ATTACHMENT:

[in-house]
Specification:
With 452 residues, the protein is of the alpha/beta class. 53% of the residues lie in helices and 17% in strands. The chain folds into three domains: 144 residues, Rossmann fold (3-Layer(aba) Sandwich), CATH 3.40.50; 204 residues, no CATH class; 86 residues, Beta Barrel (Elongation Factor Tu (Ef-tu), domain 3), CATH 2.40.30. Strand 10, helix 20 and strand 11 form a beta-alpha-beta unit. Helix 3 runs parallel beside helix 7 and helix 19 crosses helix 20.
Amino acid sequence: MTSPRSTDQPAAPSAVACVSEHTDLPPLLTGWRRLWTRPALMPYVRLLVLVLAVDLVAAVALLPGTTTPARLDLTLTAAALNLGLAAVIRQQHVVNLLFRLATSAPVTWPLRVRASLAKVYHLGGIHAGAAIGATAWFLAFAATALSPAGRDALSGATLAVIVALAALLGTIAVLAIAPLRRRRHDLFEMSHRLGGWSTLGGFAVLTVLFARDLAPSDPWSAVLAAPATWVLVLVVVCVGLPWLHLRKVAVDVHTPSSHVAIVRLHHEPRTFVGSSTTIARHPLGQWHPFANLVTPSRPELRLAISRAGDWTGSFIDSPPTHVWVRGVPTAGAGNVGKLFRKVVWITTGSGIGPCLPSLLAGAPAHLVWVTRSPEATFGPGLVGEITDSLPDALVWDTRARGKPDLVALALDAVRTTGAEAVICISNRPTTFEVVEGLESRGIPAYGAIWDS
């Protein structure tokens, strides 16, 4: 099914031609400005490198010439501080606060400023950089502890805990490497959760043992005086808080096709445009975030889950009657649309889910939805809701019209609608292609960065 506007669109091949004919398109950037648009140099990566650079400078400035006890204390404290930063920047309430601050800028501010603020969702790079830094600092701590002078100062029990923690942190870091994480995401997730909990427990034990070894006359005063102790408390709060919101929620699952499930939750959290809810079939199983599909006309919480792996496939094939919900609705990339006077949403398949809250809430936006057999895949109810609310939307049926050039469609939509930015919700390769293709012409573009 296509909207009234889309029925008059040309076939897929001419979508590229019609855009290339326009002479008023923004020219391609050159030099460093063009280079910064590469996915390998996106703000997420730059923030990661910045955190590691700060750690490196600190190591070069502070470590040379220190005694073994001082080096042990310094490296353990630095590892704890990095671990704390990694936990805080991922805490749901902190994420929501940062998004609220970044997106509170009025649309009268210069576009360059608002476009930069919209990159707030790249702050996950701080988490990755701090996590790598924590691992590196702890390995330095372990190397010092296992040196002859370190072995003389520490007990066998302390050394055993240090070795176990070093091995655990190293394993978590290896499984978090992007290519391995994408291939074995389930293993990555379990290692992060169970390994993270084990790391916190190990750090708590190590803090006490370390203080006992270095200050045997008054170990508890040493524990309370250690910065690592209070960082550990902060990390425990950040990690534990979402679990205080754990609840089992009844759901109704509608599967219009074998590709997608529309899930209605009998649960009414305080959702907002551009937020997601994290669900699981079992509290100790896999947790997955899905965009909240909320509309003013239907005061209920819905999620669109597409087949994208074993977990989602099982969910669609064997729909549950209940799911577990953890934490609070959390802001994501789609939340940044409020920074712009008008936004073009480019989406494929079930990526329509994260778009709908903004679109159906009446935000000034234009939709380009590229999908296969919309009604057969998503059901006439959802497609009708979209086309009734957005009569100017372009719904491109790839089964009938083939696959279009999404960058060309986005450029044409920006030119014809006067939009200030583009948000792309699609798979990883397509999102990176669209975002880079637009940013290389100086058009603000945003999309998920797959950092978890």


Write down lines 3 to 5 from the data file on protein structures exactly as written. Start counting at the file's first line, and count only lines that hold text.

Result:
With 452 residues, the protein is of the alpha/beta class. 53% of the residues lie in helices and 17% in strands. The chain folds into three domains: 144 residues, Rossmann fold (3-Layer(aba) Sandwich), CATH 3.40.50; 204 residues, no CATH class; 86 residues, Beta Barrel (Elongation Factor Tu (Ef-tu), domain 3), CATH 2.40.30. Strand 10, helix 20 and strand 11 form a beta-alpha-beta unit. Helix 3 runs parallel beside helix 7 and helix 19 crosses helix 20.
Amino acid sequence: MTSPRSTDQPAAPSAVACVSEHTDLPPLLTGWRRLWTRPALMPYVRLLVLVLAVDLVAAVALLPGTTTPARLDLTLTAAALNLGLAAVIRQQHVVNLLFRLATSAPVTWPLRVRASLAKVYHLGGIHAGAAIGATAWFLAFAATALSPAGRDALSGATLAVIVALAALLGTIAVLAIAPLRRRRHDLFEMSHRLGGWSTLGGFAVLTVLFARDLAPSDPWSAVLAAPATWVLVLVVVCVGLPWLHLRKVAVDVHTPSSHVAIVRLHHEPRTFVGSSTTIARHPLGQWHPFANLVTPSRPELRLAISRAGDWTGSFIDSPPTHVWVRGVPTAGAGNVGKLFRKVVWITTGSGIGPCLPSLLAGAPAHLVWVTRSPEATFGPGLVGEITDSLPDALVWDTRARGKPDLVALALDAVRTTGAEAVICISNRPTTFEVVEGLESRGIPAYGAIWDS
């Protein structure tokens, strides 16, 4: 099914031609400005490198010439501080606060400023950089502890805990490497959760043992005086808080096709445009975030889950009657649309889910939805809701019209609608292609960065 506007669109091949004919398109950037648009140099990566650079400078400035006890204390404290930063920047309430601050800028501010603020969702790079830094600092701590002078100062029990923690942190870091994480995401997730909990427990034990070894006359005063102790408390709060919101929620699952499930939750959290809810079939199983599909006309919480792996496939094939919900609705990339006077949403398949809250809430936006057999895949109810609310939307049926050039469609939509930015919700390769293709012409573009 296509909207009234889309029925008059040309076939897929001419979508590229019609855009290339326009002479008023923004020219391609050159030099460093063009280079910064590469996915390998996106703000997420730059923030990661910045955190590691700060750690490196600190190591070069502070470590040379220190005694073994001082080096042990310094490296353990630095590892704890990095671990704390990694936990805080991922805490749901902190994420929501940062998004609220970044997106509170009025649309009268210069576009360059608002476009930069919209990159707030790249702050996950701080988490990755701090996590790598924590691992590196702890390995330095372990190397010092296992040196002859370190072995003389520490007990066998302390050394055993240090070795176990070093091995655990190293394993978590290896499984978090992007290519391995994408291939074995389930293993990555379990290692992060169970390994993270084990790391916190190990750090708590190590803090006490370390203080006992270095200050045997008054170990508890040493524990309370250690910065690592209070960082550990902060990390425990950040990690534990979402679990205080754990609840089992009844759901109704509608599967219009074998590709997608529309899930209605009998649960009414305080959702907002551009937020997601994290669900699981079992509290100790896999947790997955899905965009909240909320509309003013239907005061209920819905999620669109597409087949994208074993977990989602099982969910669609064997729909549950209940799911577990953890934490609070959390802001994501789609939340940044409020920074712009008008936004073009480019989406494929079930990526329509994260778009709908903004679109159906009446935000000034234009939709380009590229999908296969919309009604057969998503059901006439959802497609009708979209086309009734957005009569100017372009719904491109790839089964009938083939696959279009999404960058060309986005450029044409920006030119014809006067939009200030583009948000792309699609798979990883397509999102990176669209975002880079637009940013290389100086058009603000945003999309998920797959950092978890």